Monument: The Untold Story of Stone Mountain

Atlanta History Center explores the controversial history of the Stone Mountain carving through a documentary film and online resources.

Monument: The Untold Story of Stone Mountain

The carving on the side of Stone Mountain is the largest Confederate monument in the world.

The mountain is engraved with a sculpture of well-known people from the Confederacy: Jefferson Davis, president of the Confederate states, and generals Robert E. Lee and Thomas “Stonewall” Jackson. Many Georgians recognize the Stone Mountain carving, but few know the full story of its origin. 

The effort to create a Confederate monument on Stone Mountain began in the 1910s. Yet, the monument was only completed in 1972. Spanning multiple efforts across more than 50 years, the carving’s history is full of twists and turns. 

Today, the mountain and surrounding park remain a large tourist and recreational attraction featuring hiking trails, restaurants, campgrounds, a museum, and occasionally a laser show with the carving as the backdrop. 

Atlanta History Center staff have been engaged with the history of the Stone Mountain carving for many years. Over the past year, the institution worked with experts and those closest to the issue to explore the history of the Stone Mountain carving from various perspectives for a documentary. The result of this work is Monument, a documentary film that delves into the controversial history of Stone Mountain, including the origin of the carving and the complicated relationships between historical events and key players who established the monument.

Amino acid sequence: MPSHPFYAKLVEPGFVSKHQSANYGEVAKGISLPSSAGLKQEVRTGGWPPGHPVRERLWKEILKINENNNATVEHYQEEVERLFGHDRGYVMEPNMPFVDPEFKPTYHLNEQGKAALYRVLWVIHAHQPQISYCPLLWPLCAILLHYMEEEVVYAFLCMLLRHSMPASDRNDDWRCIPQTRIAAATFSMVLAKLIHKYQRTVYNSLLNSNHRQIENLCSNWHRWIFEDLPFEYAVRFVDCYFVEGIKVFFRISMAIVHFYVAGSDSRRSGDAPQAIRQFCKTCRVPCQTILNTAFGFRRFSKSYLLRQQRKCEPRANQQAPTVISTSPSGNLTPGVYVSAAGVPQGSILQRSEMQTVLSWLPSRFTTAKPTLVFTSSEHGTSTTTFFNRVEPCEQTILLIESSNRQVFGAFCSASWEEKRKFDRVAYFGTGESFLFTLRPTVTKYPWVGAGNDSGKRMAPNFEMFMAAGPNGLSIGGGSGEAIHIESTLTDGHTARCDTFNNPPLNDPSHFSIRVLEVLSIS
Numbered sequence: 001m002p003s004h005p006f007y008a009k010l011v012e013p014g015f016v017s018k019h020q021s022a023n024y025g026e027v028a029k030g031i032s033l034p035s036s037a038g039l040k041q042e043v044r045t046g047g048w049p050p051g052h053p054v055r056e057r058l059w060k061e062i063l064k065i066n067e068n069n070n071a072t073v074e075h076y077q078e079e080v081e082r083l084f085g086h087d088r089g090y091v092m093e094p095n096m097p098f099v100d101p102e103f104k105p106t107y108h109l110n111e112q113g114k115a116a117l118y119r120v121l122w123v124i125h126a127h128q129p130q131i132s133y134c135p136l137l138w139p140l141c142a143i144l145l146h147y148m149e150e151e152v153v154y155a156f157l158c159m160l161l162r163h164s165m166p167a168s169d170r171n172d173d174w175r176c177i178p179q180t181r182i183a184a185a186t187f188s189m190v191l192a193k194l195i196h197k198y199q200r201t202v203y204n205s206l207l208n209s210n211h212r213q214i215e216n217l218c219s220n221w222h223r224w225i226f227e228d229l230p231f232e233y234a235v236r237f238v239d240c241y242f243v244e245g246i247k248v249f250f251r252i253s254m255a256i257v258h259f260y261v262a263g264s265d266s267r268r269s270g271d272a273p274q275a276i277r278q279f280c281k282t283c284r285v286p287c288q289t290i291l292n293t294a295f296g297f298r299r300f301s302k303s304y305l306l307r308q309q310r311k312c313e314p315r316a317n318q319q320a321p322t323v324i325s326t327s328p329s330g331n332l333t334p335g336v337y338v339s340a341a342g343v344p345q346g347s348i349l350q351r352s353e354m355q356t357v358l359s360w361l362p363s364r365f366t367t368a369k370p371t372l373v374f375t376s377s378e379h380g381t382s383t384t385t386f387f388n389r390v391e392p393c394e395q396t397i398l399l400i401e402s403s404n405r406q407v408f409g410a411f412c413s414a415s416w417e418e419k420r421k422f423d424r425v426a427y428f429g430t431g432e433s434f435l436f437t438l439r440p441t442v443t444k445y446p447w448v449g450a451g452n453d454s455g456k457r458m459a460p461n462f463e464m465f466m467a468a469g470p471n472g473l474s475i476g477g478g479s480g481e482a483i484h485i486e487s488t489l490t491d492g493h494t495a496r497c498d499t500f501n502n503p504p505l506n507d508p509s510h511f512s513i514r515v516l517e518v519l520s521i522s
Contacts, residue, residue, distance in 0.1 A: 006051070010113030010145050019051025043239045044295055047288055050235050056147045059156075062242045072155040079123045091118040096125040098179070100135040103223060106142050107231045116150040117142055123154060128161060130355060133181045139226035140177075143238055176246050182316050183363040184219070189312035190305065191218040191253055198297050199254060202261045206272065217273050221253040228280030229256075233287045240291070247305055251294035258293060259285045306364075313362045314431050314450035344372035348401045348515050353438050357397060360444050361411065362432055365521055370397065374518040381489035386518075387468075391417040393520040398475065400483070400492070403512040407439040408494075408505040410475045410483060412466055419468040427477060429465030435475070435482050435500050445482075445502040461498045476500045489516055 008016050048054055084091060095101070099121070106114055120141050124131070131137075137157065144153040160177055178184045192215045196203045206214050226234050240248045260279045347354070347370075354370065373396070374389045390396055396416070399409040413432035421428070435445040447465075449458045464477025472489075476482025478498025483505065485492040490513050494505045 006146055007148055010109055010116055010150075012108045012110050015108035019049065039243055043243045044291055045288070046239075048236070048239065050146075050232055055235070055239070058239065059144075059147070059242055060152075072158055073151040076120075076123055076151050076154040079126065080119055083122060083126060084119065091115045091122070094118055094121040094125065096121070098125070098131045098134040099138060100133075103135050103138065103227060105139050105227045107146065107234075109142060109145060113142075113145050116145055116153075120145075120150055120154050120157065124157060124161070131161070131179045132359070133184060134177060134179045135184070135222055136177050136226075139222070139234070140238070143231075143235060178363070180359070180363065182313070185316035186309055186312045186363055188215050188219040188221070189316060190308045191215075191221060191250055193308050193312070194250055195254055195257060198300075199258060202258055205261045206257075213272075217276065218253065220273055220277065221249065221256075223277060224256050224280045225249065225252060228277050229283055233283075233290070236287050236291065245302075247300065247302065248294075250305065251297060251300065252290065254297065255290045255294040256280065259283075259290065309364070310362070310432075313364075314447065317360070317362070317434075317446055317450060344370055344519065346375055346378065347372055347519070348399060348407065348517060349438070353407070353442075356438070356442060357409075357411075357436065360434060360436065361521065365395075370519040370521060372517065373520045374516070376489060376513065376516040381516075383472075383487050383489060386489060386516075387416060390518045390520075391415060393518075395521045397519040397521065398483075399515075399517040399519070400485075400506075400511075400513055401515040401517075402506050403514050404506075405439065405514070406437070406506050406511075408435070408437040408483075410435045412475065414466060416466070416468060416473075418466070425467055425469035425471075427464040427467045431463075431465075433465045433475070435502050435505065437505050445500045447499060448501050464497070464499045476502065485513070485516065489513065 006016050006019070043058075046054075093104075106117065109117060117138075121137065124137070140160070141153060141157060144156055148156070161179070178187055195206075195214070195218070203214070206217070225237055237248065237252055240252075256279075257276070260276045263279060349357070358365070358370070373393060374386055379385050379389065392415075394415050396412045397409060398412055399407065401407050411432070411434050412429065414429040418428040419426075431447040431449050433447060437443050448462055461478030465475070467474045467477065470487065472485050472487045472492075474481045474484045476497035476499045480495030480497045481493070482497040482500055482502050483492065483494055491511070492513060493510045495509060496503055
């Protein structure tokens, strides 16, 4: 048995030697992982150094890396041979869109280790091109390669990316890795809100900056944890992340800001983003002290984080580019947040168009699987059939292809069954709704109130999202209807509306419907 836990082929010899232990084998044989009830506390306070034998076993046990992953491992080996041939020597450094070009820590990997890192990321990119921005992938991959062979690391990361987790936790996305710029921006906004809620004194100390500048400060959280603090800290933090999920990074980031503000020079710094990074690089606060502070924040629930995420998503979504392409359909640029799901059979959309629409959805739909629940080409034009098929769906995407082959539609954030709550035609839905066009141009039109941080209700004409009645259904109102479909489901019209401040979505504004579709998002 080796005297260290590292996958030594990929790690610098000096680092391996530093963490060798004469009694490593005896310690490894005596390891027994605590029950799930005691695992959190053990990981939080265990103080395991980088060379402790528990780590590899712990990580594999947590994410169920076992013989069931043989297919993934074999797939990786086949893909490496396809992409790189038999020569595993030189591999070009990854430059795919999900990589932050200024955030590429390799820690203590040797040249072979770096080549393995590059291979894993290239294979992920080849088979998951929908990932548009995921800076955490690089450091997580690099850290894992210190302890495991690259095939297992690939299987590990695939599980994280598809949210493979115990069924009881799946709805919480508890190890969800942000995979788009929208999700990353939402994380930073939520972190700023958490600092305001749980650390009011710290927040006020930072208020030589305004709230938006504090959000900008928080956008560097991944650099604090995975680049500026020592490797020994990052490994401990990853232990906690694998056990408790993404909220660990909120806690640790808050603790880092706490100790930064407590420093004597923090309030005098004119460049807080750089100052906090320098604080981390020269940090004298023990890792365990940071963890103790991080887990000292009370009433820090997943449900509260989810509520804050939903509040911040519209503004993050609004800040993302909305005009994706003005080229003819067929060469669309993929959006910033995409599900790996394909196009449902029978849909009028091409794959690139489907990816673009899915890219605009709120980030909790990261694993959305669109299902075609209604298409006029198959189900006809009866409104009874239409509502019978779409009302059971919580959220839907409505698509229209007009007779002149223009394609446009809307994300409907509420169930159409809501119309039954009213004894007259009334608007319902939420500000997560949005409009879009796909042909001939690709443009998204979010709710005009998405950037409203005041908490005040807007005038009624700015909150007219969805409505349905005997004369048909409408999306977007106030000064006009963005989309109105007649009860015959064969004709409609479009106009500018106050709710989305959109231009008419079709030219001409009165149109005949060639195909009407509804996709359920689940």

This documentary is designed to inspire deeper learning and conversation about history that we as a state, and a country, share.

The Laws

Panel. Discussion.

Related. Stories.


Archival. Images.

View of carving and Stone Mountain Park grounds, 1928. Atlanta History Photograph Collection, VIS.170.4471.001, Kenan Research Center at Atlanta History Center 

View of crowd at the unveiling ceremony of the carving of Robert E. Lee’s head, 1928. Kenneth Rogers photographs, VIS.82.136.01, Kenan Research Center at Atlanta History Center 

Robert Edward Lee IV, Robert E. Lee’s great-grandson, at the Stone Mountain unveiling ceremony, 1928. Kenneth Rogers photographs, VIS.82.136.15, Kenan Research Center at Atlanta History Center

Postcard from DeKalb County of early model of the Stone Mountain carving, undated. Kenan Research Center at Atlanta History Center

View of the modern-day carving at Stone Mountain in progress, undated.  Kenan Research Center at Atlanta History Center


Confederate Monument Interpretation Guide

In 2016, Atlanta History Center published the first iteration of this online toolkit, which was designed to help communities address Confederate monuments in their midst. Included in these resources is a white paper on the history of Stone Mountain published in 2017.

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Monument Educational Resources

Atlanta History Center has produced classroom, civic engagement, and family resources for young people from upper elementary to high school.

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Film. Biographies.

Additional. Reading.

Film. Citations.

In the News.

Contact. Us.

Watch Monument Onsite

Tuesday–Friday: 1:30pm and 2:30pm
Saturday & Sunday: 10:30am, 11:30am, 12:30pm, 1:30pm, 2:30pm

Plan Your Visit

Related. Exhibitions.